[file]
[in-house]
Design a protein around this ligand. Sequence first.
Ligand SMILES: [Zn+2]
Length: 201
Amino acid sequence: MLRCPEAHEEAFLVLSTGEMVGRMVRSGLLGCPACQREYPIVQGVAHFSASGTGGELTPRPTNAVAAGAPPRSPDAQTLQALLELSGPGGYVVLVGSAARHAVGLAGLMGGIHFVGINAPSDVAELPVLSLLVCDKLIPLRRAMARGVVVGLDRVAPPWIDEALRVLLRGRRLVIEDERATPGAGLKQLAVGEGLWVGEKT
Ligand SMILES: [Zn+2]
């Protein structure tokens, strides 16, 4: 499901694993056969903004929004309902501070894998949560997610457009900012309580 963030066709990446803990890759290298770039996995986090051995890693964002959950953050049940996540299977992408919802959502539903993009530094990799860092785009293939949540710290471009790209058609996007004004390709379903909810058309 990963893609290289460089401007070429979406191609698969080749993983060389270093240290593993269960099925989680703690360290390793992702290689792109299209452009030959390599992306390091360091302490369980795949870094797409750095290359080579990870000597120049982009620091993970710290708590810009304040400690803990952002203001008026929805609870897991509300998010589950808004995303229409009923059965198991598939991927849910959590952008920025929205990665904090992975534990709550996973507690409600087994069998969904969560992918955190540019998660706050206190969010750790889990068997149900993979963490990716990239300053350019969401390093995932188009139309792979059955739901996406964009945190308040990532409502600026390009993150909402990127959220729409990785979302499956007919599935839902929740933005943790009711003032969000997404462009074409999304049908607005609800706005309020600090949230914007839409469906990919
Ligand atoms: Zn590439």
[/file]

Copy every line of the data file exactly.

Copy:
[in-house]
Design a protein around this ligand. Sequence first.
Ligand SMILES: [Zn+2]
Length: 201
Amino acid sequence: MLRCPEAHEEAFLVLSTGEMVGRMVRSGLLGCPACQREYPIVQGVAHFSASGTGGELTPRPTNAVAAGAPPRSPDAQTLQALLELSGPGGYVVLVGSAARHAVGLAGLMGGIHFVGINAPSDVAELPVLSLLVCDKLIPLRRAMARGVVVGLDRVAPPWIDEALRVLLRGRRLVIEDERATPGAGLKQLAVGEGLWVGEKT
Ligand SMILES: [Zn+2]
């Protein structure tokens, strides 16, 4: 499901694993056969903004929004309902501070894998949560997610457009900012309580 963030066709990446803990890759290298770039996995986090051995890693964002959950953050049940996540299977992408919802959502539903993009530094990799860092785009293939949540710290471009790209058609996007004004390709379903909810058309 990963893609290289460089401007070429979406191609698969080749993983060389270093240290593993269960099925989680703690360290390793992702290689792109299209452009030959390599992306390091360091302490369980795949870094797409750095290359080579990870000597120049982009620091993970710290708590810009304040400690803990952002203001008026929805609870897991509300998010589950808004995303229409009923059965198991598939991927849910959590952008920025929205990665904090992975534990709550996973507690409600087994069998969904969560992918955190540019998660706050206190969010750790889990068997149900993979963490990716990239300053350019969401390093995932188009139309792979059955739901996406964009945190308040990532409502600026390009993150909402990127959220729409990785979302499956007919599935839902929740933005943790009711003032969000997404462009074409999304049908607005609800706005309020600090949230914007839409469906990919
Ligand atoms: Zn590439």